Foods That Can Help With Inflammation
If you are a regular here, you know how passionate I am about incorporating into your diet foods that help fight inflammation. Having a healthy inflammatory response is key to a number of health concerns. Our 'Fight Inflammation Series highlights the lifestyle elements that I believe make or break a healthy inflammatory response.
Inflammation is a natural process that protects our bodies and allows for healing. Normal, healthful inflammation occurs immediately after an injury. The area gets red and swollen and typically hurts for a few days. Inflammation is problematic when it lasts weeks, months, or even years. Inflammation that lasts is referred to as a chronic condition that sets you up for lifelong health problems, including insulin resistance, debilitating pain issues, arthritis, skin issues, obesity, and heart disease.
Lifestyle choices can greatly effect chronic inflammation, and it is often the first thing that I want to discuss when I am asked for my opinion on most health topics. Today, I would like to talk about lifestyle factor number one, food. I believe what we eat is the biggest contributing factor to an overabundance of inflammation. The American diet is full of foods that promote inflammation, insulin resistance, pain, high blood pressure, weight gain, arthritis, among so many other things.
Foods That Cause Inflammation
Avoiding these can be a real game changer, but if you are like me, eating foods that fight inflammation will become the priority. I love to bake, so I have to indulge here and there.
- Sugary foods and sugary beverage - American Journal of Clinical Nutrition warns that processed sugars trigger the release of inflammatory messengers called cytokines. Most people are aware of sugar content in sweets like deserts and candies, but sugar is in a lot of foods that you might not suspect. Sugar goes by many names so look out for any word ending in “ose,” e.g. fructose or sucrose on ingredient labels.
- Refined foods - Breads, rolls, crackers, white rice, white potatoes, and many cereals are refined carbohydrates.
- Trans fats - Harvard School of Public Health researchers helped sound the alarm about trans fat in the early 1990s. Known to trigger systemic inflammation, trans fat can be found in fast foods and other fried products, processed snack foods, frozen breakfast products, cookies, donuts, crackers and most stick margarines. Avoid foods with partially hydrogenated oils in the ingredient labels.
- Saturated fats - Several studies have shown that saturated fats trigger fat tissue inflammation, which is not only an indicator for heart disease but it also worsens arthritis inflammation. Pizza and cheese are the biggest sources of saturated fats in the average American diet, according to the National Cancer Institute.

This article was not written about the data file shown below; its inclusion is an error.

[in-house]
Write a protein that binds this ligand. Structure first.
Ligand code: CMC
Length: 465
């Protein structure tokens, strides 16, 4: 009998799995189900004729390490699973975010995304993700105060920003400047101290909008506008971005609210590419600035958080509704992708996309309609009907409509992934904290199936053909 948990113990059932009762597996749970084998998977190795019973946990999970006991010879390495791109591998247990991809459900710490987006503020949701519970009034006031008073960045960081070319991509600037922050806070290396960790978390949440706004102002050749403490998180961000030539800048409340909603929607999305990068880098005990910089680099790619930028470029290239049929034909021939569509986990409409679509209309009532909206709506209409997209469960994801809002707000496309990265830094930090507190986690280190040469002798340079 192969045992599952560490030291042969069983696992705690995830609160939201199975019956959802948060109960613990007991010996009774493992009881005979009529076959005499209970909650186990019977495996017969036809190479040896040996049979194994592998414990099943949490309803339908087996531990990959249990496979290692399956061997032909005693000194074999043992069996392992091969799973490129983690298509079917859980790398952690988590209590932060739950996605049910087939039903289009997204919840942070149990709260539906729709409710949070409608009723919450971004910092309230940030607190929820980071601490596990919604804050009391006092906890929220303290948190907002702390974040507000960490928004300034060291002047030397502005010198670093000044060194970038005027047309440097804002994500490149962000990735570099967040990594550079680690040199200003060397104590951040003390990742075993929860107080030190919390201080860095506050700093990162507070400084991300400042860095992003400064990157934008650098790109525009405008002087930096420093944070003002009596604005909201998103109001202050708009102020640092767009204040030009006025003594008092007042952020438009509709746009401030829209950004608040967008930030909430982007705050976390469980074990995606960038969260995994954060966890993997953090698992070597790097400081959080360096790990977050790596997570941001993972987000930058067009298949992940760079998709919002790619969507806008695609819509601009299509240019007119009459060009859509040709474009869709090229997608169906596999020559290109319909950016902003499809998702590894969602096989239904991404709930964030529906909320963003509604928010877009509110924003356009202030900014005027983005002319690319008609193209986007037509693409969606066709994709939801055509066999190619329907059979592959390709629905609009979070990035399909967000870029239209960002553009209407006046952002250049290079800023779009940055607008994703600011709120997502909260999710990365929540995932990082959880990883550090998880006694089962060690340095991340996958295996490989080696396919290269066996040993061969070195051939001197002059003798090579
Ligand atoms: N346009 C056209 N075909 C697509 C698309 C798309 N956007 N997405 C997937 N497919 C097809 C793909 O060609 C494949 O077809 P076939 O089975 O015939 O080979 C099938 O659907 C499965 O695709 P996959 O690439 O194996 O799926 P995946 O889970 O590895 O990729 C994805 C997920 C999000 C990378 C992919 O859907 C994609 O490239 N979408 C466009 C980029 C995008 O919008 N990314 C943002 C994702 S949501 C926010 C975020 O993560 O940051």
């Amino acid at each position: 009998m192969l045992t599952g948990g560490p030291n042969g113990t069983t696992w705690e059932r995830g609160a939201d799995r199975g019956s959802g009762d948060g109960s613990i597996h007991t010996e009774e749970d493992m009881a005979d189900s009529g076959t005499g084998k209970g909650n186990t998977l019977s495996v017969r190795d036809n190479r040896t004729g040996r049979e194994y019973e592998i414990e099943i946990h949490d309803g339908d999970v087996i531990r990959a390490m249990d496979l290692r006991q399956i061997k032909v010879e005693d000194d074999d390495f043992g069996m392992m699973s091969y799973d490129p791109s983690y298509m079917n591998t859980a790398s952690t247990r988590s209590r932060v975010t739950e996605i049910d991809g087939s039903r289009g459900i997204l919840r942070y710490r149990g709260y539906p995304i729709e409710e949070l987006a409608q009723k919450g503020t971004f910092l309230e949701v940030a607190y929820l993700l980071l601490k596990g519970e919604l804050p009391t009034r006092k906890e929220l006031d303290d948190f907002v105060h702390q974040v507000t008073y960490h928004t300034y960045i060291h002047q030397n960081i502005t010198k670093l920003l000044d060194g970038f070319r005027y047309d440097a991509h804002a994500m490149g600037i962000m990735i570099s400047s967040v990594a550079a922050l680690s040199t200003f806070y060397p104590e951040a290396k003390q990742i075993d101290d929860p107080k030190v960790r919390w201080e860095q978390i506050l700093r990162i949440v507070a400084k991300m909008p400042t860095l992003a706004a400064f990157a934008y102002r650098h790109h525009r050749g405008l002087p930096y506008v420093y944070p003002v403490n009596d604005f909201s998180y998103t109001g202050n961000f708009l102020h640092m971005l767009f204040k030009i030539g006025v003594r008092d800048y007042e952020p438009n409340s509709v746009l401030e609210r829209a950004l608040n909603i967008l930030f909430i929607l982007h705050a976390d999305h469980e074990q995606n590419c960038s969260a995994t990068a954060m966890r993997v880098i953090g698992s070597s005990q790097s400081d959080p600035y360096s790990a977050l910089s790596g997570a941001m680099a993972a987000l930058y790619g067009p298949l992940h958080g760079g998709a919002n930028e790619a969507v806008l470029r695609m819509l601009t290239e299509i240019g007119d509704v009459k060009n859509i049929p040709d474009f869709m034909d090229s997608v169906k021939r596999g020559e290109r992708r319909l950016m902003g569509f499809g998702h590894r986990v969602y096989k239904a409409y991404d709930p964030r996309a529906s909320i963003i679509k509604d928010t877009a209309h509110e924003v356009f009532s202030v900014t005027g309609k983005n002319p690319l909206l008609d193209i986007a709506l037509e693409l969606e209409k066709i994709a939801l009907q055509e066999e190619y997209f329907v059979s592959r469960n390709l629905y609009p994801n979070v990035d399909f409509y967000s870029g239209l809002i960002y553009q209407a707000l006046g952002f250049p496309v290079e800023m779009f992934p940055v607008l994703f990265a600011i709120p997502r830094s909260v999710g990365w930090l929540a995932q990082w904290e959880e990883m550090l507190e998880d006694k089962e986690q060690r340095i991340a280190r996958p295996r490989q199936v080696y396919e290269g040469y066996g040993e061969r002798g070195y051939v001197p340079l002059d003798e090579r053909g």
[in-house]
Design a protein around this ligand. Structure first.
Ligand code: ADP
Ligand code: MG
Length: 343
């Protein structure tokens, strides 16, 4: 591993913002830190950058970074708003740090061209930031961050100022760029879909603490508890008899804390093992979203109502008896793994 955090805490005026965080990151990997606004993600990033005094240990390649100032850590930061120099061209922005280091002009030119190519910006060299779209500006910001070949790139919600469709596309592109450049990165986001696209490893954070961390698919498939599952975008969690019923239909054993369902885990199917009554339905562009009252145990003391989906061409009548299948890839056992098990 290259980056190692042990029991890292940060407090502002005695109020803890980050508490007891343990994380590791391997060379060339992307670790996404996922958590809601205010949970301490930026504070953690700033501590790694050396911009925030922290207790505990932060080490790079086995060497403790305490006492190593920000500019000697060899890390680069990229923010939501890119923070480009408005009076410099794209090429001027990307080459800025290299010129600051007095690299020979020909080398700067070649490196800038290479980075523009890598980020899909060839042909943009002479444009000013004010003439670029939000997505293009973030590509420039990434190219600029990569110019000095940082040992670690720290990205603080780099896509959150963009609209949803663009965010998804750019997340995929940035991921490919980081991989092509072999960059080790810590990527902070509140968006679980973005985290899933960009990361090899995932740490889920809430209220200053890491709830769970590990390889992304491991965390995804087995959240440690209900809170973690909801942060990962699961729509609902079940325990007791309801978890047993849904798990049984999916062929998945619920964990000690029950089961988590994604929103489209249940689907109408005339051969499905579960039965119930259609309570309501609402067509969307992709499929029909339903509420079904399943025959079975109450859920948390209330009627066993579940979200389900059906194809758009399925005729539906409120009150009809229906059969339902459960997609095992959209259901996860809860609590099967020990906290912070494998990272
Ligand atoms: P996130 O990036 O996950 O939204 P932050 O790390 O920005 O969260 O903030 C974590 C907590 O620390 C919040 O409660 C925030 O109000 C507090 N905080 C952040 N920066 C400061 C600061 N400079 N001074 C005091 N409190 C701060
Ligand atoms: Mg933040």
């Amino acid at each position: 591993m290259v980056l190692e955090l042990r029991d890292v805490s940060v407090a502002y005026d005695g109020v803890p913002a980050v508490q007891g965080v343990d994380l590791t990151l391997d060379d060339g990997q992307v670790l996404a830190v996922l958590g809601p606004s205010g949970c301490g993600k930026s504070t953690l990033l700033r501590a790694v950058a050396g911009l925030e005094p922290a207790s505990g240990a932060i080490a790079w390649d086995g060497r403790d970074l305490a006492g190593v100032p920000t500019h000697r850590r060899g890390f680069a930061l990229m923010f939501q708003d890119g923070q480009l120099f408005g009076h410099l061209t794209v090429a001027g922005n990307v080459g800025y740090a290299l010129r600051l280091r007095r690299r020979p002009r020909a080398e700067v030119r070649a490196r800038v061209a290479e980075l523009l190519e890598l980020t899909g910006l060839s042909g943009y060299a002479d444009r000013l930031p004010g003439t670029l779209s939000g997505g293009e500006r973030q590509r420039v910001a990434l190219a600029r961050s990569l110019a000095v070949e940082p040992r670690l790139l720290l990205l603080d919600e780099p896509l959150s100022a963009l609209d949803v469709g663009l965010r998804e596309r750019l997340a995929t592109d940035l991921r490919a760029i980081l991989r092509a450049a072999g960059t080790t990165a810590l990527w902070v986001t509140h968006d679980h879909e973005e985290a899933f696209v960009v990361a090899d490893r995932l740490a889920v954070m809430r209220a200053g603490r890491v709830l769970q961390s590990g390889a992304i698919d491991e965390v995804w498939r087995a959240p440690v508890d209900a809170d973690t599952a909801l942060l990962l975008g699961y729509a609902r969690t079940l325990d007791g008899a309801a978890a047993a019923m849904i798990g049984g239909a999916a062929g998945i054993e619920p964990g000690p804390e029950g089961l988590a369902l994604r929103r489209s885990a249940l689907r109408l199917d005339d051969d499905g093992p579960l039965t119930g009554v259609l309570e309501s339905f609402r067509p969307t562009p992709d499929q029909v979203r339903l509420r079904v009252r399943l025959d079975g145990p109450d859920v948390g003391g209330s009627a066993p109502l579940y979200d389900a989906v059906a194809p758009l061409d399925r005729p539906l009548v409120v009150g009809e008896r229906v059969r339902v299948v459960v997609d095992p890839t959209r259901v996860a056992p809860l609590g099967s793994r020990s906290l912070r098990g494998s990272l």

- Omega 6 fats - The body needs a healthy balance of omega-6 and omega-3 fatty acids. Consumption of too much omega-6 can contribute to an overabundance of inflammation. These fatty acids are found in oils such corn, safflower, sunflower, grapeseed, soy, peanut, and vegetable; mayonnaise; and many salad dressings.
- MSG - Mono-sodium glutamate (MSG) is a flavor-enhancing food additive most commonly known to be in prepared Asian food and soy sauce, but it can also be added to fast foods, prepared soups and soup mixes, salad dressings and deli meats. This chemical can trigger two important pathways of chronic inflammation, and affect liver health.
- Aspartame - Aspartame is an artificial sweetener found in thousands of products worldwide. While it’s approved by the FDA, studies on its effects are mixed, and the impact on people with autoimmune disease are unknown. If you are sensitive to this chemical, your immune system may react to the “foreign substance” by attacking the chemical, which in return, will trigger an inflammatory response.
On the flip side are beverages and foods that fight inflammation, and with it, a decrease in chronic disease, says Dr. Hu. He notes in particular fruits and vegetables such as blueberries, apples, and leafy greens that are high in natural antioxidants and polyphenols—protective compounds found in plants.
Studies have also associated nuts with reduced markers of inflammation and a lower risk of cardiovascular disease and diabetes. Coffee, which contains polyphenols and other anti-inflammatory compounds, may protect against inflammation, as well.
Foods That Fight Inflammation
There are a number of foods that help fight inflammation, and here are just some of my favorites.
- Colorful fruits - Strawberries, blueberries, oranges, and cherries.
- Leafy green vegetables - Kale, collards, spinach, and more.
- Turmeric / Curcumin - a powerful anti-inflammatory compound
- Raw nuts and seeds / nut and seed butters
- Herbs and spices
- Monounsaturated fats like olives and avocados - When cooking choose avocado or olive oil.
- Whole grains - Oatmeal, brown rice, whole wheat bread (check that there is not too much added sugar, and no fructose corn syrup.
- Foods rich in omega-3 - Fatty fish like salmon, mackerel, tuna, anchovies, and sardines contain fatty acids that your body metabolizes into compounds called resolvins and protectins, which have anti-inflammatory effects
- Pasture raised poultry and eggs from pasture raised poultry, grass-fed, and finished beef
- Green tea
- Dark chocolate and cocoa
- Tomatoes - Most of the anti-inflammatory property is in the skin, so choose smaller tomatoes for the most benefit.
Herbal Toad Anti-Inflammatory Herbal Food That Fight Inflammation
- Anti Inflame Tincture
- Anti Inflame Tea
- Turmeric Harvest
- Daily Turmeric
- Turmeric Curcumin
- Sencha Green Tincture
Too much inflammation can be reversed, but is best avoided before there are signs of trouble. Even low levels of inflammation on a chronic basis can lead to disease. Do your best to keep inflammation in check by choosing a wide variety of delicious antioxidant foods.